Appellant was convicted and sentenced on one count of false imprisonment in violation of Minn. Stat. § 609.255, subd. 2; one count of kidnapping in violation of Minn. Stat. § 609.25, subd. 1(2); two counts of theft in violation of Minn. Stat. § 609.52, subd. 2(1); and one count of simple robbery in violation of Minn. Stat. § 609.24.
D E C I S I O N
Appellant contends that his convictions must be reversed because the circumstantial evidence presented at trial failed to exclude other reasonable hypotheses consistent with his innocence.
When reviewing the sufficiency of the evidence, this court is
limited to ascertaining whether a jury, giving due regard to the presumption of innocence and to the state’s burden of proof beyond a reasonable doubt, could reasonably conclude that the defendant was guilty based on the facts in the record and any legitimate inferences therefrom.
State v. Wallace, 558 N.W.2d 469, 472 (Minn. 1997). Although "[a] conviction based on circumstantial evidence merits stricter scrutiny," State v. Bias, 419 N.W.2d 480, 484 (Minn. 1988), the circumstantial evidence is entitled to as much weight as other evidence if the "circumstances proved are consistent with the hypothesis that the accused is guilty and inconsistent with any rational or reasonable hypothesis except for that of guilt." Wallace, 558 N.W.2d at 472 (citing State v. Pilcher, 472 N.W.2d 327, 335 (Minn. 1991). "[T]he circumstantial evidence must do more than give rise to suspicion of guilt; ‘it must point unerringly to the accused’s guilt.’" State v. Scharmer, 501 N.W.2d 620, 622 (Minn. 1993) (quoting State v. Loss, 295 Minn. 271, 281, 204 N.W.2d 404, 409 (1973)). The stricter standard "still recognizes a jury is in the best position to evaluate the circumstantial evidence surrounding the crime." Bias, 419 N.W.2d at 484 (quoting State v. Race, 383 N.W.2d 656, 662 (Minn. 1986)). It is the exclusive function of the jury to weigh the credibility of the witnesses. State v. Pieschke, 295 N.W.2d 580, 584 (Minn. 1980).
The circumstantial evidence against appellant consisted primarily of the following: (1) Ruth Petersen, the clerk, testified that the robber used the pay phone before committing the offense; (2) appellant’s fingerprint was the only identifiable print found on the convenience store pay phone; and (3) Alice Nelson’s landlord identified appellant’s car as the car that he saw in his parking lot outside Nelson’s apartment within a half-hour of the robbery.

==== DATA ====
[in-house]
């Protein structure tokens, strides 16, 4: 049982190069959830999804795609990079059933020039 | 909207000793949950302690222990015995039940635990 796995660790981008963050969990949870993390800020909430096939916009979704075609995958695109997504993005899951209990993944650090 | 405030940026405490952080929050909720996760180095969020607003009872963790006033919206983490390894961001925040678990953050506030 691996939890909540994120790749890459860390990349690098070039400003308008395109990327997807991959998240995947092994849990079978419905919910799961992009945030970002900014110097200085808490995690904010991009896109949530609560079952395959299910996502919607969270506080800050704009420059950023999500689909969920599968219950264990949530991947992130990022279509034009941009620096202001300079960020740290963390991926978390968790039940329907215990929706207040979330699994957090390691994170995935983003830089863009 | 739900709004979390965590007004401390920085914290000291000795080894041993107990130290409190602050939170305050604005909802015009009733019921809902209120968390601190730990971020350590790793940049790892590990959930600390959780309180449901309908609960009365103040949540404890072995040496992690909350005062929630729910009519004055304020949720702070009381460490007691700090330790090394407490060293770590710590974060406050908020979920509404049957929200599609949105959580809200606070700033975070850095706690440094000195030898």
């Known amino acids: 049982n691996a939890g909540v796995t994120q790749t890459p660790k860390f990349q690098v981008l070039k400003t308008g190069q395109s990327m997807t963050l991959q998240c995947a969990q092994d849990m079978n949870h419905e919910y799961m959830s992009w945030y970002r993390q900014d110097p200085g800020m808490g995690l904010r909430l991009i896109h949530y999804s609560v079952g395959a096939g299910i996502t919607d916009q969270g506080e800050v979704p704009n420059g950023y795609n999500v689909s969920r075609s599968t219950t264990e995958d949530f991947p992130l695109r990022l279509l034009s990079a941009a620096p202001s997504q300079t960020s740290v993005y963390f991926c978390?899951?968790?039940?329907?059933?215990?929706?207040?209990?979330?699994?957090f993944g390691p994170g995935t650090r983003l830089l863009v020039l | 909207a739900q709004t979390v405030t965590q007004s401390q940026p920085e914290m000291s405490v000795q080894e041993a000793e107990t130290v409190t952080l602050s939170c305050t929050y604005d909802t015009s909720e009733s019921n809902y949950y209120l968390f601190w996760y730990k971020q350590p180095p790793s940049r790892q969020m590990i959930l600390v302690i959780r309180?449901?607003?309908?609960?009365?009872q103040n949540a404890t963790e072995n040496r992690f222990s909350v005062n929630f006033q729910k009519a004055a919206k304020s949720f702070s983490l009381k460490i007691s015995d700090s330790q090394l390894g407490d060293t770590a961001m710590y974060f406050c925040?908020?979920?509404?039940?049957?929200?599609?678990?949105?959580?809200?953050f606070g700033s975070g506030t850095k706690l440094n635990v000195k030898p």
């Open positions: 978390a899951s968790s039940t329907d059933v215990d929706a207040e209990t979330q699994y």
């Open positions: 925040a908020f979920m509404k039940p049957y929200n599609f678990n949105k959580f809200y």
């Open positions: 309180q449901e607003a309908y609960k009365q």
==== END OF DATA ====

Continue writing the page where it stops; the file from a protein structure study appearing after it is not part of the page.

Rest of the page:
The evidence of appellant’s fingerprint, found on the pay phone the robber used just before the offense, is highly probative of guilt. Concededly, fingerprints found in a public place may be less probative than those found at a less-accessible crime scene. Cf. State v. Slowinski, 450 N.W.2d 107, 116 (Minn. 1990) (discussing inferences to be drawn from defendant’s fingerprints found in neighbor-victim‘s apartment and on tape used in murder). But, although appellant points out that many people could have used the phone, his was the only identifiable fingerprint found, and his car was seen at the apartment of a known perpetrator, Alice Nelson, within minutes of the robbery.
The jury was in the best position to evaluate the possibility that appellant, despite his close connection to Alice Nelson on the morning of the robbery, innocently left his fingerprint at the crime scene. This is not a case involving a complicated chain of evidence or excessive reliance on a type of evidence the probative value of which has been questioned in other cases. Cf. State v Scharmer, 501 N.W.2d 620, 622 (Minn. 1993) (reversing conviction based heavily on dog-tracking evidence held earlier to be useful only for corroborative purposes); State v. Webb, 440 N.W.2d 426, 430-31 (Minn. 1989) (reversing murder conviction although seven facts pointed to defendant where no physical evidence linked defendant to crime).
A reasonable jury could certainly have concluded, given the fingerprint evidence and the identification of appellant’s car, that no reasonable doubt existed as to appellant’s guilt. See State v. Walen, 563 N.W.2d 742, 750 (Minn. 1997) (stating standard of review for appeal claiming insufficient evidence). We must assume the jury disbelieved appellant’s explanation that he used the convenience store’s pay phone at another time. Moreover, given the impeachment of appellant’s similar claim to police, that alternative theory is not sufficiently plausible to support a reversal of the conviction. See State v. Lahue, 585 N.W.2d 785, 789 (Minn. 1998) (holding that alternative theory of circumstantial evidence that is not plausible or supported by evidence does not justify a new trial). Accordingly, the conviction must be affirmed.
The state concedes that appellant’s conviction for false imprisonment must be vacated because it is a lesser-included offense of kidnapping. Minn. Stat. § 609.04, subd. 1(4) (1998); State v. Niska, 514 N.W.2d 260, 266 (Minn. 1994). We also conclude that appellant’s two theft convictions must be vacated as lesser-included offenses of the aggravated robbery. State v. Coleman, 373 N.W.2d 777, 781 (Minn. 1985).
Affirmed in part, reversed in part.[*] Retired judge of the Minnesota Court of Appeals, serving by appointment pursuant to Minn. Const. art. VI, § 10.